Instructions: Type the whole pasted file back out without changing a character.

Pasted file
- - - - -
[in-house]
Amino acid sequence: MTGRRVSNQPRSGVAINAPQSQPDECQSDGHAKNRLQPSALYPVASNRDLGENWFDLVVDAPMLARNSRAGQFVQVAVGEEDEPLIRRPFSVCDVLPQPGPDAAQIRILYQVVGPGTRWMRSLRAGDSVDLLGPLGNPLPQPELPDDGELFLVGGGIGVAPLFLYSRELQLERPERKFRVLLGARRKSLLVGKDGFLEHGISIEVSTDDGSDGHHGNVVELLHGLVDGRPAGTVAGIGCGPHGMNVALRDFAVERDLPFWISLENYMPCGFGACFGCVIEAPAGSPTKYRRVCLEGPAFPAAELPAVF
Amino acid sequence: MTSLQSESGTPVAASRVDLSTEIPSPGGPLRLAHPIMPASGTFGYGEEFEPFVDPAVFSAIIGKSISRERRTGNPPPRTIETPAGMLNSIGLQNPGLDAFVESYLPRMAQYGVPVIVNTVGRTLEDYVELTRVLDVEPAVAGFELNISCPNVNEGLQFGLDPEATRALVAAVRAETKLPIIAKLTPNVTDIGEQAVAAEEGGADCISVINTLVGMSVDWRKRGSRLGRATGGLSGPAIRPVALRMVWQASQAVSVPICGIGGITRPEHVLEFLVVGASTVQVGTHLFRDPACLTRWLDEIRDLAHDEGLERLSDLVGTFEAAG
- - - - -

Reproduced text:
[in-house]
Amino acid sequence: MTGRRVSNQPRSGVAINAPQSQPDECQSDGHAKNRLQPSALYPVASNRDLGENWFDLVVDAPMLARNSRAGQFVQVAVGEEDEPLIRRPFSVCDVLPQPGPDAAQIRILYQVVGPGTRWMRSLRAGDSVDLLGPLGNPLPQPELPDDGELFLVGGGIGVAPLFLYSRELQLERPERKFRVLLGARRKSLLVGKDGFLEHGISIEVSTDDGSDGHHGNVVELLHGLVDGRPAGTVAGIGCGPHGMNVALRDFAVERDLPFWISLENYMPCGFGACFGCVIEAPAGSPTKYRRVCLEGPAFPAAELPAVF
Amino acid sequence: MTSLQSESGTPVAASRVDLSTEIPSPGGPLRLAHPIMPASGTFGYGEEFEPFVDPAVFSAIIGKSISRERRTGNPPPRTIETPAGMLNSIGLQNPGLDAFVESYLPRMAQYGVPVIVNTVGRTLEDYVELTRVLDVEPAVAGFELNISCPNVNEGLQFGLDPEATRALVAAVRAETKLPIIAKLTPNVTDIGEQAVAAEEGGADCISVINTLVGMSVDWRKRGSRLGRATGGLSGPAIRPVALRMVWQASQAVSVPICGIGGITRPEHVLEFLVVGASTVQVGTHLFRDPACLTRWLDEIRDLAHDEGLERLSDLVGTFEAAG